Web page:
This post continues my series on a serverless WebAssembly-based runtime for workflows. If you’re new to my project, I suggest beginning with “Part 1: Motivation”.
WebAssembly provides a new means to run workloads in the browser and the cloud. It claims to bring reduced runtime overhead, improved resource utilization, and better security compared to Docker containers. My goal is to combine WebAssembly with Kubernetes. I will extend Argo Workflows such that it can run workflow tasks as a WebAssembly (Wasm) module. Currently, Argo Workflows spawns a new Docker container for every workflow task. My project allows the developer to opt into providing WebAssembly modules for some or all of the workflow tasks.
Refer to my previous post for an introduction to Argo Workflows. Here, I will describe what conceptually happens behind the scenes when a workflow task executes. For each step in the process, I’ll outline the design decisions. Last, I’ll present first ideas about how to evaluate and benchmark container-based and Wasm-based workflows to find out whether the assumptions hold true.
Let’s review the sample workflow again:
We’re mainly interested in steps 2a and 2b as those are concerned with Wasm The sequence diagram below visualizes the necessary steps to execute a Wasm-backed workflow task. The boxes with numbers represent system design questions. These are outlined in the next paragraphs in more detail.
sequenceDiagram participant u as User participant argo as Argo Workflows participant k8s as Kubernetes participant node as WASM Node u->>argo: Submit Workflow loop For each task Note right of argo: ① Level of Abstraction for Workloads argo->>k8s: Create Job Note right of node: ② Kubelet or OCI Runtime k8s->>node: Create & Schedule Pod activate node Note right of node: ③ K8s Resource Spec node->>node: Prepare inputs Note right of node: ④ WASM Runtime Note right of node: ⑤ Module Packaging Note right of node: ⑥ WASM Interface Definition node->>node: Execute WASM module node->>node: Persist outputs node->>k8s: Set Pod status to "Succeeded" deactivate node k8s->>k8s: Set Job status to "Succeeded" k8s->>argo: Notify Job succeeded end argo->>u: Submit Workflow Results
System Design Questions
① Level of Abstraction for Workloads
This question is about responsibility for error handling and retries. My current understanding is that Argo Workflows manages workflow task workloads on the Pod level, meaning it is responsible for monitoring (and restarting) the Pods. This allows fine-grained control but ties the execution logic to the workflow engine. On the other hand, Kubernetes already knows the concept of a Job, which is a generic implementation for running a given Pod.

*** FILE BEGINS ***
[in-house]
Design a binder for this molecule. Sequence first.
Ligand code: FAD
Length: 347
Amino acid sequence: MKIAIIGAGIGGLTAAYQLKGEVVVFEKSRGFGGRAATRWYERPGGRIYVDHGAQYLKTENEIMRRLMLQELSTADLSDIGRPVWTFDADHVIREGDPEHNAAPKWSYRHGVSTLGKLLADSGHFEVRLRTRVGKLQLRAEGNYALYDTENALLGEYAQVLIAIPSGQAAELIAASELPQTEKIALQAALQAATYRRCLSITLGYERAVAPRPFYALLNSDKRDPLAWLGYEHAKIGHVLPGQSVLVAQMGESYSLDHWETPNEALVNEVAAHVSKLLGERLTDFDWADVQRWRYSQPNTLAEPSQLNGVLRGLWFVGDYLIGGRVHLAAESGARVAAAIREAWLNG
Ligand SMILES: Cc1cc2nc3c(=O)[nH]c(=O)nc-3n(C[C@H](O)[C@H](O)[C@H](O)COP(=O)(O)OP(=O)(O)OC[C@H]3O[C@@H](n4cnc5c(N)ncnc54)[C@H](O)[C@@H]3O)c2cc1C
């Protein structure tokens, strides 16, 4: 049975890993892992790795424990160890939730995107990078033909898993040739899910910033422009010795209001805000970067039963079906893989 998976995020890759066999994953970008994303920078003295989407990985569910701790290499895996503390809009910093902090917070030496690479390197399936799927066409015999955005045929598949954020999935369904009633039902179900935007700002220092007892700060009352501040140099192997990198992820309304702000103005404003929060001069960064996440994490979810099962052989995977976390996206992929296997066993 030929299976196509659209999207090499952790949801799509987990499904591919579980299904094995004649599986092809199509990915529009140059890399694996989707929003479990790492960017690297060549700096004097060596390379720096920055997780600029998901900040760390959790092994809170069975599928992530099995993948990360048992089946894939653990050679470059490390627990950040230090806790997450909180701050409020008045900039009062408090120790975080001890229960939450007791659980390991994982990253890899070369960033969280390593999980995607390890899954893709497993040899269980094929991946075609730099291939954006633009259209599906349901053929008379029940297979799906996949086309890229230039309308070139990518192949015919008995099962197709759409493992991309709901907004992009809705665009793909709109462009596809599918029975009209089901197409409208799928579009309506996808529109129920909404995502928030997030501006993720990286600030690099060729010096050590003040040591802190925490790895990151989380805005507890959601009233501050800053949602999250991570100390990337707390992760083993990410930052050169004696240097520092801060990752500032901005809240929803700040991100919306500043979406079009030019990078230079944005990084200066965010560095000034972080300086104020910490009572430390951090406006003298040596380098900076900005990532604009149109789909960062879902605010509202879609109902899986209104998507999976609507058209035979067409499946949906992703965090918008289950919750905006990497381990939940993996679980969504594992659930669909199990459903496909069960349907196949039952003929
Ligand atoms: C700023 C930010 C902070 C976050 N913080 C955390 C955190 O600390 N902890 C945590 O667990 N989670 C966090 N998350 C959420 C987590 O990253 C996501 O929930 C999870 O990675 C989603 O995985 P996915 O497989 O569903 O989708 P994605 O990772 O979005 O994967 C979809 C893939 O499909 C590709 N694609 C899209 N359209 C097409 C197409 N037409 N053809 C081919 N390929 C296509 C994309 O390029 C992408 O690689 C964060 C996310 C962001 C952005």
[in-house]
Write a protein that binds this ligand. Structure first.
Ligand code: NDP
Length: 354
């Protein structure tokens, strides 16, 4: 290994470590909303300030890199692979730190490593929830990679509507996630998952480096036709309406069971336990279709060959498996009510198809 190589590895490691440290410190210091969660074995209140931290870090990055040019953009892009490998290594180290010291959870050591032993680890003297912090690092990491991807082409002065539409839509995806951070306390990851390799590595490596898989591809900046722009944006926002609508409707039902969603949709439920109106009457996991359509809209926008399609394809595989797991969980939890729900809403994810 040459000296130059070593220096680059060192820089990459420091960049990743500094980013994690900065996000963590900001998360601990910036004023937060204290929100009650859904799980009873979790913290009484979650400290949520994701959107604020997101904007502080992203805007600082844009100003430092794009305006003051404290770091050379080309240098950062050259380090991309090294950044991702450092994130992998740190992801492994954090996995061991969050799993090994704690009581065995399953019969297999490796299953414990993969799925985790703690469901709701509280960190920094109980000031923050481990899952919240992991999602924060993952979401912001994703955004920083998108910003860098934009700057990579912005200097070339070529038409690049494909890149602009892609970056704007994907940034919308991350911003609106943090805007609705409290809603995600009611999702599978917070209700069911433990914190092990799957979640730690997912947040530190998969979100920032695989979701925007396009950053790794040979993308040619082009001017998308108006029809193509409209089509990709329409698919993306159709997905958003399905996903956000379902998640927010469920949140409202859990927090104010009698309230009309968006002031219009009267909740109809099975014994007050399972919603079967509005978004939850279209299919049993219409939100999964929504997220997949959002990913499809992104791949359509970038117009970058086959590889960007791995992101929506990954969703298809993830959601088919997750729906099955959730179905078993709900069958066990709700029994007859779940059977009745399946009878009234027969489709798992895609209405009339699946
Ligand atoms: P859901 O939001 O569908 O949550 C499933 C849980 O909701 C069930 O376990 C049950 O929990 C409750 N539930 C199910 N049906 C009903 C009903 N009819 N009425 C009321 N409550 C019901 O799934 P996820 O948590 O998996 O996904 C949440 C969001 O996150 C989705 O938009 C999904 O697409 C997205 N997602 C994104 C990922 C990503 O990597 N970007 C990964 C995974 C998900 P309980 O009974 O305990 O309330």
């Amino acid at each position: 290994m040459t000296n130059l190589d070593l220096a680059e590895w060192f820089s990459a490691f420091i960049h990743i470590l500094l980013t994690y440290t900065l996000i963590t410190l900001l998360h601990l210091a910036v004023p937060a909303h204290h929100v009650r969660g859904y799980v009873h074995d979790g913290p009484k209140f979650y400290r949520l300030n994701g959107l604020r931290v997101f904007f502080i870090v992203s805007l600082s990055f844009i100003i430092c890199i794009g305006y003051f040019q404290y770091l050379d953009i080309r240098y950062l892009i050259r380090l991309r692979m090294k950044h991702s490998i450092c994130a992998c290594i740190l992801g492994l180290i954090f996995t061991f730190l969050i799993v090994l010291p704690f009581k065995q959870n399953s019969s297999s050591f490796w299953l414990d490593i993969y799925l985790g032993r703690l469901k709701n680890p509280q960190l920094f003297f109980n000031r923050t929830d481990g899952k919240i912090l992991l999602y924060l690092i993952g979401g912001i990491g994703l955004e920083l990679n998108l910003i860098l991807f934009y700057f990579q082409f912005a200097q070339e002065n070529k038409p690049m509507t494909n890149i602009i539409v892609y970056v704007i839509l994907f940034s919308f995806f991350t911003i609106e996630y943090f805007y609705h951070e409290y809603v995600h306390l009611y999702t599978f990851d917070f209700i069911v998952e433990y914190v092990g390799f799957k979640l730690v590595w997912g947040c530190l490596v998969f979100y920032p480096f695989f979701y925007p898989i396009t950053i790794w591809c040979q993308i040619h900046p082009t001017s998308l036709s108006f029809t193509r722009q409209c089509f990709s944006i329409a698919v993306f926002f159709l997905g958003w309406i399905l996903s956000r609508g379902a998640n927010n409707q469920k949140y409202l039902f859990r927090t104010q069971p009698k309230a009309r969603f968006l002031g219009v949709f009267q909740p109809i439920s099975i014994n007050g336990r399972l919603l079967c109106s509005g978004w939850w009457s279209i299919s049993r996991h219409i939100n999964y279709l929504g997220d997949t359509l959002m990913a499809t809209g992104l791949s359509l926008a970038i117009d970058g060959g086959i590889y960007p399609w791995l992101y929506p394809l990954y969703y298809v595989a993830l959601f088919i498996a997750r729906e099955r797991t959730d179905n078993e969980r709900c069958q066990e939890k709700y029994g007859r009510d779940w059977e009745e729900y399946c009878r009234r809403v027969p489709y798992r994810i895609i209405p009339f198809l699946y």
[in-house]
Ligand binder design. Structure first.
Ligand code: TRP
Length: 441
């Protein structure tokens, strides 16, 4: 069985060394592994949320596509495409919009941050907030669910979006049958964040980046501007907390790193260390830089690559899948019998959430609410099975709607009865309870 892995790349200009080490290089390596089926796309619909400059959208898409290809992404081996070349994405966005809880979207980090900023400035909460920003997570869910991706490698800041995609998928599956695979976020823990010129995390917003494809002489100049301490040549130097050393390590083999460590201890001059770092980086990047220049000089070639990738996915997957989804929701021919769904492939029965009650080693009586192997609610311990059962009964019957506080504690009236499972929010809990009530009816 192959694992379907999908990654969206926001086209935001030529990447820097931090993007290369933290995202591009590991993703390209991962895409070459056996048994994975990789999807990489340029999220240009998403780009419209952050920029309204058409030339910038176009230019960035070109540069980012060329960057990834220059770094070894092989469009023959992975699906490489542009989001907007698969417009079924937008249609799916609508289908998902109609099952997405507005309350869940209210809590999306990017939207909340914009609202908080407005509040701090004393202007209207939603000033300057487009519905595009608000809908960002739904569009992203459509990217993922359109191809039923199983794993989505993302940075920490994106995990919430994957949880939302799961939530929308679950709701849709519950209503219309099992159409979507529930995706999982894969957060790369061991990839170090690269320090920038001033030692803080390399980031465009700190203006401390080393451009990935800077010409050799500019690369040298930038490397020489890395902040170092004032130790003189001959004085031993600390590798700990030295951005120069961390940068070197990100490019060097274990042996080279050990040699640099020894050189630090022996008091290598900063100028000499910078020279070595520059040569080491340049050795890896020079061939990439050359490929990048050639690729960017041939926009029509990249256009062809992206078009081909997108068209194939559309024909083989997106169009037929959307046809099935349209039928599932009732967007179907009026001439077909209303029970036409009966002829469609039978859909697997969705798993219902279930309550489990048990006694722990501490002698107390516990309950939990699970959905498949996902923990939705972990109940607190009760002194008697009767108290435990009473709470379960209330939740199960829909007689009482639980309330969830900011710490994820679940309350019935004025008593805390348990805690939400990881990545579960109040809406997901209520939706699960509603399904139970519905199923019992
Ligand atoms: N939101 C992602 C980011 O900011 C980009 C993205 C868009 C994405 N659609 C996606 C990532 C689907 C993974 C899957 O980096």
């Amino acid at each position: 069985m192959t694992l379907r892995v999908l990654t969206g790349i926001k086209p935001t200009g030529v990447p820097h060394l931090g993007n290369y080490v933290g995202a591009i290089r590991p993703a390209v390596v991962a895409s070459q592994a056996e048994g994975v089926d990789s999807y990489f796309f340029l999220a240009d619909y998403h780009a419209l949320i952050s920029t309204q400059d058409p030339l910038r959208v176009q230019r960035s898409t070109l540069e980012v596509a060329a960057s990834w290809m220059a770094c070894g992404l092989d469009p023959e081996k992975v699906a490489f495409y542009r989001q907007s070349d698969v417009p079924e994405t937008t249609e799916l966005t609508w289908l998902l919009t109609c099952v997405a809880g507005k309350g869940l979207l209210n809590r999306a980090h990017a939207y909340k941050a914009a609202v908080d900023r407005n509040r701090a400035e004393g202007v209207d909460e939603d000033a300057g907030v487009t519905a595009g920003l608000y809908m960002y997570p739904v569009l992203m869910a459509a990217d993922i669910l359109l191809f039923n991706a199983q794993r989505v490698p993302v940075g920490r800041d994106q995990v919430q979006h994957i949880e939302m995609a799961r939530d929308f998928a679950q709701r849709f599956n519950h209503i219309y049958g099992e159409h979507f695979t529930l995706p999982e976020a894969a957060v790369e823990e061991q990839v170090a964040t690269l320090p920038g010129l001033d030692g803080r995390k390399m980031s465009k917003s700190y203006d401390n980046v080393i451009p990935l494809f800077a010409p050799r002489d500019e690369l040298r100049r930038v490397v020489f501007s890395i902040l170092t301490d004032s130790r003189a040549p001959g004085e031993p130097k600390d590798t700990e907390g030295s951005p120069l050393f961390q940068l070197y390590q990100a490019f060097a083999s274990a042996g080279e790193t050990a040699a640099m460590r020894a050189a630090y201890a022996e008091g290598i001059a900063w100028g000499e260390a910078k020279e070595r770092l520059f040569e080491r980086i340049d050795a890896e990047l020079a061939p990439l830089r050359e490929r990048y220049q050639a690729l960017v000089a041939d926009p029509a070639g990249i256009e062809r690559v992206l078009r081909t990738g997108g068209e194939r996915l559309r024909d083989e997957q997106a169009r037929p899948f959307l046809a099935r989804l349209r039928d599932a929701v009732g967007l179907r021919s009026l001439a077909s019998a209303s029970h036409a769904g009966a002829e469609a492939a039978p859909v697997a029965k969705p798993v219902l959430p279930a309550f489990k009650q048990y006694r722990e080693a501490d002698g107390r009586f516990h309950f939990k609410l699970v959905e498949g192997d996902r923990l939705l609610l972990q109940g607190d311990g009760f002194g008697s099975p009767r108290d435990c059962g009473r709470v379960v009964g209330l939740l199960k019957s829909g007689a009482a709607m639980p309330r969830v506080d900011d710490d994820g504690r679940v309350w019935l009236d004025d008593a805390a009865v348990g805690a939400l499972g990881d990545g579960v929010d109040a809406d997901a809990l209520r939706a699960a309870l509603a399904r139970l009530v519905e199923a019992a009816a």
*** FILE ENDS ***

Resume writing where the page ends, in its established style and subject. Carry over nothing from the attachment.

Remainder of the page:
The Wasm runtime should not delegate too much logic to the integration (into the workflow engine, in this case) for it to be reusable in related scenarios.
② Kubelet or OCI Runtime
There are two strategies for adding a Kubernetes Node with a Wasm runtime to a cluster. One is to implement the full Kubelet API, which is more complex but leaves full control over all features in the Pod lifecycle. The other option is to provide a Wasm-backed OCI runtime and use Kubernetes’ Kubelet and an off-the-shelf CRI runtime. This is discussed in-depth in the second part.
Given the other requirements and constraints, all limitations of an OCI implementation should be carefully checked. For the Wasm runtime to provide a developer-friendly interface, some custom Kubernetes resource specs could be necessary. This is what an OCI implementation would not allow for.
③ Kubernetes Custom Resource Specification
Each workflow task has input and output parameters and artifacts. While parameter representation in Kubernetes is straightforward (they are string values), artifacts are BLOBs on S3-compatible storage. They should be made available to the Wasm module without having to download them beforehand. Moreover, the Wasm runtime must handle authentication to the S3 storage on behalf of the module.
④ Wasm Runtime
The Wasm runtime provides the execution environment for the WASM modules. For this use case, they will be used as a library that is embedded into the Wasm-based Kubernetes node (see ②). Currently, there are five popular Wasm runtimes: wasmtime, wasmer, WAVM, wasm3, and WasmEdge.
I already compared the runtimes – more on this is to follow. There are two favorable options:
- wasmtime is already integrated with Krustlet, but lacks APIs for advanced use cases such as interfacing with external systems (e.g., SQL databases, HTTP or KV stores)
- WasmEdge provides richer APIs but is not native to Rust and is less mature